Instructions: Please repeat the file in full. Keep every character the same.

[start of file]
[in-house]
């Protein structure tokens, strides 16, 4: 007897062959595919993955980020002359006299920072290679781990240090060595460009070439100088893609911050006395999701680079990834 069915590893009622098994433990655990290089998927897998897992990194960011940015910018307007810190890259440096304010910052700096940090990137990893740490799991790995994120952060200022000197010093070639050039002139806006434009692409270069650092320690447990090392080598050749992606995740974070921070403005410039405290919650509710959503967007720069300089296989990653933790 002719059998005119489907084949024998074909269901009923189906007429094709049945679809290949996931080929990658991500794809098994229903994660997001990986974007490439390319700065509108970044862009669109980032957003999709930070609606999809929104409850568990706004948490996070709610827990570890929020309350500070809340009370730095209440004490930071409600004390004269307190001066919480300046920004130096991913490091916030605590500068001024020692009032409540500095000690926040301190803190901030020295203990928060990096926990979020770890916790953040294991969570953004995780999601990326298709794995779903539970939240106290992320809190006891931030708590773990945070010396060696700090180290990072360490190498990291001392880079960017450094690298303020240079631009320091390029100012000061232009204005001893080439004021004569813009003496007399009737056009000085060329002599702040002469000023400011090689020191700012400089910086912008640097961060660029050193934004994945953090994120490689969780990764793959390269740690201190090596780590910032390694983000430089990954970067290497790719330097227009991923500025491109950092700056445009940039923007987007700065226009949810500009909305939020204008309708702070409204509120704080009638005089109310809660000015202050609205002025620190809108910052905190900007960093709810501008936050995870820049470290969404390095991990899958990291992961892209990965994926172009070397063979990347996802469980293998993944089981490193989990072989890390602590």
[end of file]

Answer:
[in-house]
């Protein structure tokens, strides 16, 4: 007897062959595919993955980020002359006299920072290679781990240090060595460009070439100088893609911050006395999701680079990834 069915590893009622098994433990655990290089998927897998897992990194960011940015910018307007810190890259440096304010910052700096940090990137990893740490799991790995994120952060200022000197010093070639050039002139806006434009692409270069650092320690447990090392080598050749992606995740974070921070403005410039405290919650509710959503967007720069300089296989990653933790 002719059998005119489907084949024998074909269901009923189906007429094709049945679809290949996931080929990658991500794809098994229903994660997001990986974007490439390319700065509108970044862009669109980032957003999709930070609606999809929104409850568990706004948490996070709610827990570890929020309350500070809340009370730095209440004490930071409600004390004269307190001066919480300046920004130096991913490091916030605590500068001024020692009032409540500095000690926040301190803190901030020295203990928060990096926990979020770890916790953040294991969570953004995780999601990326298709794995779903539970939240106290992320809190006891931030708590773990945070010396060696700090180290990072360490190498990291001392880079960017450094690298303020240079631009320091390029100012000061232009204005001893080439004021004569813009003496007399009737056009000085060329002599702040002469000023400011090689020191700012400089910086912008640097961060660029050193934004994945953090994120490689969780990764793959390269740690201190090596780590910032390694983000430089990954970067290497790719330097227009991923500025491109950092700056445009940039923007987007700065226009949810500009909305939020204008309708702070409204509120704080009638005089109310809660000015202050609205002025620190809108910052905190900007960093709810501008936050995870820049470290969404390095991990899958990291992961892209990965994926172009070397063979990347996802469980293998993944089981490193989990072989890390602590």